Irish commercial property market now the most vulnerable in world
Loans 'under water' as State's debt funding gap hits €4.8bn after 60pc slump in values of shops, offices and warehouses over three years
IRELAND has the most vulnerable commercial property market in the world because it faces the biggest gap in funding relative to its size for refinancing debt, property company DTZ said in a report yesterday.
The country has a $6.5bn (€4.8bn) shortfall for debt between now and 2013 which is equivalent to 16pc of the value of Ireland's entire commercial real estate investment market, according to the London-based property broker, which also has operations in Ireland.
On a proportional basis, we are followed by Hungary, Spain, the UK and Japan.
The debt funding gap is defined as the difference between the existing debt balance secured by commercial property as it matures and the debt available to replace it.
The funding gap is leading investors to focus on property in good areas -- which means that property in secondary areas will be particularly vulnerable over the next few years.
Europe's property market is the most vulnerable while Asia's is the strongest with hardly any funding gap outside Japan, the report finds.
Europe overall accounts for half of the projected $245bn global debt-funding gap through 2013, DTZ said.
That reflects its dependence on short-term bank lending and the number of loans in breach of their terms or at risk of default because of the slide in real-estate values since 2007.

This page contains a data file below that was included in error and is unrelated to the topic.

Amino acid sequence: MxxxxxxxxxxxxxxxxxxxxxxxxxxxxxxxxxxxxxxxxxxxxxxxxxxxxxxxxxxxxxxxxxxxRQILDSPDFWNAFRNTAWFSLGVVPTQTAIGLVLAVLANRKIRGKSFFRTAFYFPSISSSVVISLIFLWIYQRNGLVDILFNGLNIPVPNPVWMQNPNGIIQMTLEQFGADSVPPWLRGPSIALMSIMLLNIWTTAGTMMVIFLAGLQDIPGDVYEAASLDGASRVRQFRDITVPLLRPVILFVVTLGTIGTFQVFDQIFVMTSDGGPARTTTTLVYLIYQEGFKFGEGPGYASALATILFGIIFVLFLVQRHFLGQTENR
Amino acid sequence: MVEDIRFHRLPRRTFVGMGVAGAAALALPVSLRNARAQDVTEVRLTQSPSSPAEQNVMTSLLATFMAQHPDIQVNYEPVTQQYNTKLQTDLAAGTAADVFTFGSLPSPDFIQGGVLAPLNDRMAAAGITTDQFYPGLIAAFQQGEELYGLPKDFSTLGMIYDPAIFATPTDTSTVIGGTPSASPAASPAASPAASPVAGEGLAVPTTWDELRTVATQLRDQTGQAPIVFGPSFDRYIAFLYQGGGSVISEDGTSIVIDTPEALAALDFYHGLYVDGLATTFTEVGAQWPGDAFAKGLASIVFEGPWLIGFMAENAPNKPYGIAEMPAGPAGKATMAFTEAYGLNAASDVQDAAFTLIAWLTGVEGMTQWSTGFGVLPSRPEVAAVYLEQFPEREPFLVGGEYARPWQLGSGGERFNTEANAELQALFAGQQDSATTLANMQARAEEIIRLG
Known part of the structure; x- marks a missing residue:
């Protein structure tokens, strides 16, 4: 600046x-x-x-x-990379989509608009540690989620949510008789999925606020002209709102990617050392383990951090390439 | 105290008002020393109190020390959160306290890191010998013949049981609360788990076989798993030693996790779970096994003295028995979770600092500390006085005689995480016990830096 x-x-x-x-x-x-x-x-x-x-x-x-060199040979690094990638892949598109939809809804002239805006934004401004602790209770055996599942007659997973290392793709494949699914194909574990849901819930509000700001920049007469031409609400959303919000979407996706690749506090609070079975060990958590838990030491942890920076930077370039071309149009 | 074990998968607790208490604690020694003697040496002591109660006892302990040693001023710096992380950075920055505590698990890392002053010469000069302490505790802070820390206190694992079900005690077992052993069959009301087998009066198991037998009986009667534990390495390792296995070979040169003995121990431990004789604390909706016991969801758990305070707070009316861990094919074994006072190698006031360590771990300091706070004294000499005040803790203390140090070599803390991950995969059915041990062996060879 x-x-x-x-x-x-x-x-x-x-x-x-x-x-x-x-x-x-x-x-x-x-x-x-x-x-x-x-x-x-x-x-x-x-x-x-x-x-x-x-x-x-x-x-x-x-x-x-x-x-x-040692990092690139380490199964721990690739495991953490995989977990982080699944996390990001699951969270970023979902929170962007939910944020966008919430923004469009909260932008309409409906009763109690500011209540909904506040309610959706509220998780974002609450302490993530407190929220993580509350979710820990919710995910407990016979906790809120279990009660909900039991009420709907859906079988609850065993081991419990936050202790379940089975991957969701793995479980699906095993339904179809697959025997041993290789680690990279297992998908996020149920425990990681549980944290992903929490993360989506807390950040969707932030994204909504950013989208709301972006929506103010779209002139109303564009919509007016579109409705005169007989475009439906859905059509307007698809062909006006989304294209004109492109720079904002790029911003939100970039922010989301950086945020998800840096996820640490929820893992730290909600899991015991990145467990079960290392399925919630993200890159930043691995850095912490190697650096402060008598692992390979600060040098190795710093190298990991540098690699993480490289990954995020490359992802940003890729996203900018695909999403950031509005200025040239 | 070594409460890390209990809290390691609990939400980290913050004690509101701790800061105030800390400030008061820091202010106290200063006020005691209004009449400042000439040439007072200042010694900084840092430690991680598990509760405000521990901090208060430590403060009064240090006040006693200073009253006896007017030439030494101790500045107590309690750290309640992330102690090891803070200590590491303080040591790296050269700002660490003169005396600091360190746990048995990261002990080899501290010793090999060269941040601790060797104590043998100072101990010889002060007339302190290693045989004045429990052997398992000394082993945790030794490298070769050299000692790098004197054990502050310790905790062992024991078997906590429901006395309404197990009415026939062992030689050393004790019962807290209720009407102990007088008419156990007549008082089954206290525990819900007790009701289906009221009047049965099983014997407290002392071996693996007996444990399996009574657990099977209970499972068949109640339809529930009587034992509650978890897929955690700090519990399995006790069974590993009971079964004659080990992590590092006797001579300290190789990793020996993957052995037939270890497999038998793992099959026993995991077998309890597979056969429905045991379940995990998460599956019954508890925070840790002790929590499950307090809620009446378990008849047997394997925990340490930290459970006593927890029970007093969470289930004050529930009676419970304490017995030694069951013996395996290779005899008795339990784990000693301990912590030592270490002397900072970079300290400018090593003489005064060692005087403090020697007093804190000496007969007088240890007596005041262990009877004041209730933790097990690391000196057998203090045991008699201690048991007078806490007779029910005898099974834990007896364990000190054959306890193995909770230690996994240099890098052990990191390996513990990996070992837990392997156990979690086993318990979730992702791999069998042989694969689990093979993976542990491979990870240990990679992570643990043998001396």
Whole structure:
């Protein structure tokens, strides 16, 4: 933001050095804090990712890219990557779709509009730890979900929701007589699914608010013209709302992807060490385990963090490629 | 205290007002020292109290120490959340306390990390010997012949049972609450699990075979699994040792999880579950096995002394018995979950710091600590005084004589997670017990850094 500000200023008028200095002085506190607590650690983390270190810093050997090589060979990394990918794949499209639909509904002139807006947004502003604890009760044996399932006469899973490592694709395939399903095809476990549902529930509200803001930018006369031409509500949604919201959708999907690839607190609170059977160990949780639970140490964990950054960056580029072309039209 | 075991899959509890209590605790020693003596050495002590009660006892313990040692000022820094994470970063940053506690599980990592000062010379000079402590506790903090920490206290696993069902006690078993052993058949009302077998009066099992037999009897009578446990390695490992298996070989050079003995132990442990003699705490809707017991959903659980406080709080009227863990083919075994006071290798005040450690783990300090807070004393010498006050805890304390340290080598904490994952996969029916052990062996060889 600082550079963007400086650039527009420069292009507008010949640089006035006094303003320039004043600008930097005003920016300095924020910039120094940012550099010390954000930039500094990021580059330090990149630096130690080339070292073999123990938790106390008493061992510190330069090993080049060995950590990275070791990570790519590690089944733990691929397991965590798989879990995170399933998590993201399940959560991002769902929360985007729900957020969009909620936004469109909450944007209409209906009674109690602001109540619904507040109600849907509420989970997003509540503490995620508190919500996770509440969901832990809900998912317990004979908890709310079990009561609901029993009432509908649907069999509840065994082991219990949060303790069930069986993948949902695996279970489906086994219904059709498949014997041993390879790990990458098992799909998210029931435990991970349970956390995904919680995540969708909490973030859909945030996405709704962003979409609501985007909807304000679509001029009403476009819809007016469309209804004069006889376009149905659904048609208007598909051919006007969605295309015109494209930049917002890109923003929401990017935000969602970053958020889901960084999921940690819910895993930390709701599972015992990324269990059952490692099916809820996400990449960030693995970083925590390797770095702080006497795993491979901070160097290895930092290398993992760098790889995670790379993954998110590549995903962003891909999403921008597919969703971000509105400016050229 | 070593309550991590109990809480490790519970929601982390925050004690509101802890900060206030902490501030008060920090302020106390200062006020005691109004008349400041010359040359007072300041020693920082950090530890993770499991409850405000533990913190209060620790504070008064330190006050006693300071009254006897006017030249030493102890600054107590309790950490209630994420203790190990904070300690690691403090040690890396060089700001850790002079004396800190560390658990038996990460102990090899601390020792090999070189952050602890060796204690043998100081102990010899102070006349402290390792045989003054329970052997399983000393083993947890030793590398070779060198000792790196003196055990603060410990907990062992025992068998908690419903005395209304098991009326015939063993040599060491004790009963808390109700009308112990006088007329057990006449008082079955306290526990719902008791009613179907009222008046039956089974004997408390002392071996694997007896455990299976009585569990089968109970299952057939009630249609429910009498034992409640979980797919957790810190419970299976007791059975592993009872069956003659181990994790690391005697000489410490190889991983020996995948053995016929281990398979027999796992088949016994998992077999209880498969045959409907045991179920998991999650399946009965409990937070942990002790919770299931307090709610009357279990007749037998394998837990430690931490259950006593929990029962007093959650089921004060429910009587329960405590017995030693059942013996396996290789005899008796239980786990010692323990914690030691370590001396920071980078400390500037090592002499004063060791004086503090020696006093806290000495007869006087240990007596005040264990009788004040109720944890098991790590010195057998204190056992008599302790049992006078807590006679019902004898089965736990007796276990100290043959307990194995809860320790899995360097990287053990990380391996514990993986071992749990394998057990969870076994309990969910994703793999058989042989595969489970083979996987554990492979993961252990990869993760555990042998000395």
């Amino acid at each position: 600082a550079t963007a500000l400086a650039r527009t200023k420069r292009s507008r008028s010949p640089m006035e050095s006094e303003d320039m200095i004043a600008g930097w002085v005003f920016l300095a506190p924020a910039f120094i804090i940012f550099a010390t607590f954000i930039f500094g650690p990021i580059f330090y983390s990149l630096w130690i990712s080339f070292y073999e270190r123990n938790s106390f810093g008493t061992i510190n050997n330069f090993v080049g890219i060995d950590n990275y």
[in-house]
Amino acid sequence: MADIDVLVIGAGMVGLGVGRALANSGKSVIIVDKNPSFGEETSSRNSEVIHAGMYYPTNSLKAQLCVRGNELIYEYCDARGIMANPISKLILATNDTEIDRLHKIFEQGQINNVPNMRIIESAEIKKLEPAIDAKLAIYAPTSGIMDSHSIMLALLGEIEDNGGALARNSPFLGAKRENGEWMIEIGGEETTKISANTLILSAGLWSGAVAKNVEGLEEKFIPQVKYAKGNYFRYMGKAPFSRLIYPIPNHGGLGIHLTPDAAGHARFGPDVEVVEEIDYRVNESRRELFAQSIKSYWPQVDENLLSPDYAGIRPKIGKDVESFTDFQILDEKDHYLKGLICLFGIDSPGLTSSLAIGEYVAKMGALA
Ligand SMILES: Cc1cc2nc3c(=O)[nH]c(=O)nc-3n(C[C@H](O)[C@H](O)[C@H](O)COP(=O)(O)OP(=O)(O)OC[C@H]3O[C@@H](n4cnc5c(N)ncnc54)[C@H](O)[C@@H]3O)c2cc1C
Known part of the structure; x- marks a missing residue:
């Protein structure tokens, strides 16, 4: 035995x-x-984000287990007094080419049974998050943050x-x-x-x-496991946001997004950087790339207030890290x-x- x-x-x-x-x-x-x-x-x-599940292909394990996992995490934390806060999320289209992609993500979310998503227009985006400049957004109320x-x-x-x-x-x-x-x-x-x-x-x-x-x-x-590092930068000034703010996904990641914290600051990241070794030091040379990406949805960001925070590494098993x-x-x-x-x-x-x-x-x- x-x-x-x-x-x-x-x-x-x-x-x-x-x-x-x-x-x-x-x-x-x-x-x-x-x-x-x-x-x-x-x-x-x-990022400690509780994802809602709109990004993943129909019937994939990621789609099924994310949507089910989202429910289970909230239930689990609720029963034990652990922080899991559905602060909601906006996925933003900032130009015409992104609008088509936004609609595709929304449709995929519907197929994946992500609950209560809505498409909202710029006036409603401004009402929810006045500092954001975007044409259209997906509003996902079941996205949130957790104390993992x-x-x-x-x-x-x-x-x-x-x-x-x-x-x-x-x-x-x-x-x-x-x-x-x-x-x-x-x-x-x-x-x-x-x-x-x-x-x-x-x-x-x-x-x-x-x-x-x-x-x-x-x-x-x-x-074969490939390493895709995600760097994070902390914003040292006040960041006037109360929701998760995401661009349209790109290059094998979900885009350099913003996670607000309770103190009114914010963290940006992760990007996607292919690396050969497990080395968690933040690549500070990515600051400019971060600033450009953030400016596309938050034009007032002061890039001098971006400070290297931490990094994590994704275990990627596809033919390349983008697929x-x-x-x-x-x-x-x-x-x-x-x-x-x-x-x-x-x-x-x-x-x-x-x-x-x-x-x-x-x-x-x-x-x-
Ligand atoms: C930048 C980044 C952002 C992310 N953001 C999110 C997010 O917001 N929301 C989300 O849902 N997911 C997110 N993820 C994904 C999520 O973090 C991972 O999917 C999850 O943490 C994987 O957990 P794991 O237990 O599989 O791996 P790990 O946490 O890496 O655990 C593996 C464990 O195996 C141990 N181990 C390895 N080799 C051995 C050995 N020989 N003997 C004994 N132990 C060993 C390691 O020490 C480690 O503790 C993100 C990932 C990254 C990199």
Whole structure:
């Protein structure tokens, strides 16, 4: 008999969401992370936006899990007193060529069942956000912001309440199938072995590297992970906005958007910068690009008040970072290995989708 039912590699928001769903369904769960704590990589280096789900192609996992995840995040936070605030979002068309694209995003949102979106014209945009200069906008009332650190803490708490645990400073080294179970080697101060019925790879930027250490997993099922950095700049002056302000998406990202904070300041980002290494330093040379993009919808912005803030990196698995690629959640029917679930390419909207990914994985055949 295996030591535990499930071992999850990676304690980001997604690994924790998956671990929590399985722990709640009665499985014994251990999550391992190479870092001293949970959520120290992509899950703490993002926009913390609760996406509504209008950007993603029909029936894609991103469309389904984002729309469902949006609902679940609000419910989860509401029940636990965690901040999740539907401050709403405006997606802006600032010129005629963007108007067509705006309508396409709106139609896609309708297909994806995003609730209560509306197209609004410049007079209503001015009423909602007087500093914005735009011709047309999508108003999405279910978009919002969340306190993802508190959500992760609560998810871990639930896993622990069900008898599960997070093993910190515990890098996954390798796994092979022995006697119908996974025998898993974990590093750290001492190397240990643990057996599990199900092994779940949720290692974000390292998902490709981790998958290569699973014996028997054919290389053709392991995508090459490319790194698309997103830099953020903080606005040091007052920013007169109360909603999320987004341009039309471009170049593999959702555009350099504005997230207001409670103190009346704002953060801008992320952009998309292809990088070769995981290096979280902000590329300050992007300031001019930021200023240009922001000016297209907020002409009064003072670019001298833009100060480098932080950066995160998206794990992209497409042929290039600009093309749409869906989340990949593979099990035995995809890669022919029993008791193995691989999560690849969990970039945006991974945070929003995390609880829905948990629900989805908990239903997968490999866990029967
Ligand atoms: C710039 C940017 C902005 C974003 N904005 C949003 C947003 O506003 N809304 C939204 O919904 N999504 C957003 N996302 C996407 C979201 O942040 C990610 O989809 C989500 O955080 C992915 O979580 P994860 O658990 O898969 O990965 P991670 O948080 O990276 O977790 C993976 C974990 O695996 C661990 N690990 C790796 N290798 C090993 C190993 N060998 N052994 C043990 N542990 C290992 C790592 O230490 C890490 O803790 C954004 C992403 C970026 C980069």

The credit shortfall is "the biggest challenge to many international property markets", DTZ added.
Many Irish property loans are under water after an estimated 60pc slump in the values of shops, offices and warehouses over the past three years. DTZ said it expects NAMA to conduct "an orderly disposals process" starting in 2011.
Governments, banks and borrowers in Europe so far have found ways to address the deficit, with most banks choosing to extend loans and change their terms rather than foreclose, said Hans Vrensen, the broker's global head of research.
"Although banks and borrowers have not been forced to seek more dramatic solutions to the debt-funding gap, a number of imminent changes look set to increase the pressure," including higher interest rates, reduced government debt and cutbacks in banks' property-loan books, Mr Vrensen said in the report.
"Banks have been moving on from extend and pretend to extend and amend," he added.
Hungary has a debt-funding shortfall of $2bn, equivalent to 1pc of its commercial property market, the DTZ report showed.
The UK's $54bn and Spain's $33bn gap are equivalent to 6pc of their investment markets.
Japan has the largest shortfall in value terms, at $70bn, DTZ estimates. The US's $49bn amounts to 1pc of its investment market. The remaining markets, including Germany and France, have absolute debt funding gaps below $10bn.